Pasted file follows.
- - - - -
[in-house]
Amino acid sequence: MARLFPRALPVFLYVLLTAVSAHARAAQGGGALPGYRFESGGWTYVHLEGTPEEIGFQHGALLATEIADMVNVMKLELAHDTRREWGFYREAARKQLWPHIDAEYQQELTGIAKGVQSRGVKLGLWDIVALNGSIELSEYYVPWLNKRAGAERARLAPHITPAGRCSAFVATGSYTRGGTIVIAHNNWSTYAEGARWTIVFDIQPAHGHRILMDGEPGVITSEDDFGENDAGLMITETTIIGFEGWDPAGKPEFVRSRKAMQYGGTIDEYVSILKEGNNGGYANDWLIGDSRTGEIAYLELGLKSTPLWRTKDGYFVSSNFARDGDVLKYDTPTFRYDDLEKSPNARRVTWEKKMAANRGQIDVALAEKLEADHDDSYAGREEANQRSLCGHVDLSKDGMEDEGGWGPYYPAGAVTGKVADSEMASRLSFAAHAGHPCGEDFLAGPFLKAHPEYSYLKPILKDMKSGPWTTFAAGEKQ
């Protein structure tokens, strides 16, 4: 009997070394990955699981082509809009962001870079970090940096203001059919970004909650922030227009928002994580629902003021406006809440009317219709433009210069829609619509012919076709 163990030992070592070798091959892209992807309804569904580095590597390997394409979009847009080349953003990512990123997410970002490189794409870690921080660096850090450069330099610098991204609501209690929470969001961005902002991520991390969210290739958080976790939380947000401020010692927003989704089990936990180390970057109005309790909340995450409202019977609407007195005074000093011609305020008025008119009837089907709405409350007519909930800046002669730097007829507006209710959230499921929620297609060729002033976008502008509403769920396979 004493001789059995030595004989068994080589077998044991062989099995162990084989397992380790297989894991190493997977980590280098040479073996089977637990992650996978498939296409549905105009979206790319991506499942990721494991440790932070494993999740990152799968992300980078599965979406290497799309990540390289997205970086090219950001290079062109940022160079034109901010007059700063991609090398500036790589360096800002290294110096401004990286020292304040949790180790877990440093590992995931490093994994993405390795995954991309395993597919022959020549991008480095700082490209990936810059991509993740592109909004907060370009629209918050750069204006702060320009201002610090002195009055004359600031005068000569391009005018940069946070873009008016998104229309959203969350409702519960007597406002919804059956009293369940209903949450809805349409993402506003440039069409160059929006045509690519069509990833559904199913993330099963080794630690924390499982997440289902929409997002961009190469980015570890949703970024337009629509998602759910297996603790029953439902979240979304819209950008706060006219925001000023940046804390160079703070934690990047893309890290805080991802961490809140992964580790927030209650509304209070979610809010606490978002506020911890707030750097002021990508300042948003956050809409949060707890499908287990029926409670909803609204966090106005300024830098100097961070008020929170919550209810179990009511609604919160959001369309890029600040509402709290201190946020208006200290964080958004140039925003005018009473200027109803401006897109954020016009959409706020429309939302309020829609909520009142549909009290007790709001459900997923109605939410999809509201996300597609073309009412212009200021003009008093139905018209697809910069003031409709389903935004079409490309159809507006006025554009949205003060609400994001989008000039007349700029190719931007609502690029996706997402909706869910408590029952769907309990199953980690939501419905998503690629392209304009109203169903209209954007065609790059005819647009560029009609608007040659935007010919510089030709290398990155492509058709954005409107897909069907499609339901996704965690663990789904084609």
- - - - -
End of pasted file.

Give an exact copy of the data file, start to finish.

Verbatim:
[in-house]
Amino acid sequence: MARLFPRALPVFLYVLLTAVSAHARAAQGGGALPGYRFESGGWTYVHLEGTPEEIGFQHGALLATEIADMVNVMKLELAHDTRREWGFYREAARKQLWPHIDAEYQQELTGIAKGVQSRGVKLGLWDIVALNGSIELSEYYVPWLNKRAGAERARLAPHITPAGRCSAFVATGSYTRGGTIVIAHNNWSTYAEGARWTIVFDIQPAHGHRILMDGEPGVITSEDDFGENDAGLMITETTIIGFEGWDPAGKPEFVRSRKAMQYGGTIDEYVSILKEGNNGGYANDWLIGDSRTGEIAYLELGLKSTPLWRTKDGYFVSSNFARDGDVLKYDTPTFRYDDLEKSPNARRVTWEKKMAANRGQIDVALAEKLEADHDDSYAGREEANQRSLCGHVDLSKDGMEDEGGWGPYYPAGAVTGKVADSEMASRLSFAAHAGHPCGEDFLAGPFLKAHPEYSYLKPILKDMKSGPWTTFAAGEKQ
């Protein structure tokens, strides 16, 4: 009997070394990955699981082509809009962001870079970090940096203001059919970004909650922030227009928002994580629902003021406006809440009317219709433009210069829609619509012919076709 163990030992070592070798091959892209992807309804569904580095590597390997394409979009847009080349953003990512990123997410970002490189794409870690921080660096850090450069330099610098991204609501209690929470969001961005902002991520991390969210290739958080976790939380947000401020010692927003989704089990936990180390970057109005309790909340995450409202019977609407007195005074000093011609305020008025008119009837089907709405409350007519909930800046002669730097007829507006209710959230499921929620297609060729002033976008502008509403769920396979 004493001789059995030595004989068994080589077998044991062989099995162990084989397992380790297989894991190493997977980590280098040479073996089977637990992650996978498939296409549905105009979206790319991506499942990721494991440790932070494993999740990152799968992300980078599965979406290497799309990540390289997205970086090219950001290079062109940022160079034109901010007059700063991609090398500036790589360096800002290294110096401004990286020292304040949790180790877990440093590992995931490093994994993405390795995954991309395993597919022959020549991008480095700082490209990936810059991509993740592109909004907060370009629209918050750069204006702060320009201002610090002195009055004359600031005068000569391009005018940069946070873009008016998104229309959203969350409702519960007597406002919804059956009293369940209903949450809805349409993402506003440039069409160059929006045509690519069509990833559904199913993330099963080794630690924390499982997440289902929409997002961009190469980015570890949703970024337009629509998602759910297996603790029953439902979240979304819209950008706060006219925001000023940046804390160079703070934690990047893309890290805080991802961490809140992964580790927030209650509304209070979610809010606490978002506020911890707030750097002021990508300042948003956050809409949060707890499908287990029926409670909803609204966090106005300024830098100097961070008020929170919550209810179990009511609604919160959001369309890029600040509402709290201190946020208006200290964080958004140039925003005018009473200027109803401006897109954020016009959409706020429309939302309020829609909520009142549909009290007790709001459900997923109605939410999809509201996300597609073309009412212009200021003009008093139905018209697809910069003031409709389903935004079409490309159809507006006025554009949205003060609400994001989008000039007349700029190719931007609502690029996706997402909706869910408590029952769907309990199953980690939501419905998503690629392209304009109203169903209209954007065609790059005819647009560029009609608007040659935007010919510089030709290398990155492509058709954005409107897909069907499609339901996704965690663990789904084609």